50,000 travellers stranded over breakdown of Britain-France train link

But the company managing the train services is running special trains through the tunnels in a bid to pinpoint the problem, its press officer, Anelle Mouhaddib, said yesterday. She declined to say whether any trains had successfully made it through the tunnel, but a series of trains dispatched from London and Paris on Saturday evening were either canceled or broke down.

Apart from the 2,000 people trapped in the tunnel on Friday night, a further 31,000 had their trips cancelled on Saturday, and 26,000 more were expected to be affected as at yesterday, Mouhaddib said.

Owing to the hardships travellers have been subjected to, AP reported that Eurostar’s executives have offered apologies, refunds, free travel and more. Officials said that the quick transition from the icy cold of France, which is suffering some of its worst winter weather in years, to the relative warmth of the tunnel could have interfered with the trains’ electrical systems. But the company’s chief operating officer, Nicolas Petrovic, said the exact cause remains unclear.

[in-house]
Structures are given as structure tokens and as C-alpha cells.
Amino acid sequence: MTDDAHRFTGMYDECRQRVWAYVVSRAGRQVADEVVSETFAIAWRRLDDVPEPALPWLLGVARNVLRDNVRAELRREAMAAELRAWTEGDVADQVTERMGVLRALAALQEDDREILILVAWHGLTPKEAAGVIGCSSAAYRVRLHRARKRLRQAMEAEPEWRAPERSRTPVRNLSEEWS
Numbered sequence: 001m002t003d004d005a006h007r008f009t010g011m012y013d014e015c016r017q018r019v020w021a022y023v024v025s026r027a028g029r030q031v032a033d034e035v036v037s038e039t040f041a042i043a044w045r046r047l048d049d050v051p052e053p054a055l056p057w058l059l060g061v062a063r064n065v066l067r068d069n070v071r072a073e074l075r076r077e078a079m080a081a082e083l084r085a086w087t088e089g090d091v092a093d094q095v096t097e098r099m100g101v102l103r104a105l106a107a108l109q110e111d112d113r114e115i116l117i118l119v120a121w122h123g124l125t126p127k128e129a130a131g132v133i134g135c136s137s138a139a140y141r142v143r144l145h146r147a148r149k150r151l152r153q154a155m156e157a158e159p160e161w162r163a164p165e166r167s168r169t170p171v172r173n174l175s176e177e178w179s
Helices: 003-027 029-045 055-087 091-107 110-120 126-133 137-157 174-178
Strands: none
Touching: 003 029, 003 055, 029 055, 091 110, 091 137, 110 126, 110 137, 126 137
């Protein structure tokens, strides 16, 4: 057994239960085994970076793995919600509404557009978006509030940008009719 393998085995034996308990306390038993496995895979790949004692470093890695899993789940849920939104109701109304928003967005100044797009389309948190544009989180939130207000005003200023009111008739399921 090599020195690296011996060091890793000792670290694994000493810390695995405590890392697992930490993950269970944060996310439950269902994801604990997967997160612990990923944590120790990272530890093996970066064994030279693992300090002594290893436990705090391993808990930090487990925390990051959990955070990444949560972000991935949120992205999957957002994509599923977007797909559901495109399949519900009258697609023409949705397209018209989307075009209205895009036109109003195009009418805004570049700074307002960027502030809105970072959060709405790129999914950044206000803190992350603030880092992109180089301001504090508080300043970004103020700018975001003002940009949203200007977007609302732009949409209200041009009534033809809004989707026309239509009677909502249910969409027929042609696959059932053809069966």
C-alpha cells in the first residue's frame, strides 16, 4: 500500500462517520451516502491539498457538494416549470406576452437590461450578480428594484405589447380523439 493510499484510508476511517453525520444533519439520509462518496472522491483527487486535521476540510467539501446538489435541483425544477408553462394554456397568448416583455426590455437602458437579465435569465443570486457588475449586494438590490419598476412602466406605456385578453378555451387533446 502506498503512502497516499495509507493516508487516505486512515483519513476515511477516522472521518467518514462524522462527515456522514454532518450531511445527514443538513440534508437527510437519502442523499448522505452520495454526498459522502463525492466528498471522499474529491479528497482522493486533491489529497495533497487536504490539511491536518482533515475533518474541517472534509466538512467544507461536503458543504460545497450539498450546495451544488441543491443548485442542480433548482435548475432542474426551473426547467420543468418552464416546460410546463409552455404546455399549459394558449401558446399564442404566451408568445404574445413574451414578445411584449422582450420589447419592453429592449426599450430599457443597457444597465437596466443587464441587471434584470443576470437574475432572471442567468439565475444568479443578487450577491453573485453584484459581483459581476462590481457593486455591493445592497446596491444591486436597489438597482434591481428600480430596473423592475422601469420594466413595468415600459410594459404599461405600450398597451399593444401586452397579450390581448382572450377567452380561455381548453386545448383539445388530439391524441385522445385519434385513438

“It’s all a bit of a mystery and the company, and indeed a lot of people, appear baffled by it,” said Nigel Harris, the managing editor of Rail magazine.

“What is really puzzling about this is the fact that it is happening now, even though the trains have been exposed to cold weather over the last few years,” he said.

Comparable trains in France have “been going even longer than Eurostar without experiencing any of these cold-weather problems, he said.

The company said it not was making promises to passengers trying to make it to their destinations before Christmas, but pledged that service will be resumed “as soon as possible,” Mouhaddib said.

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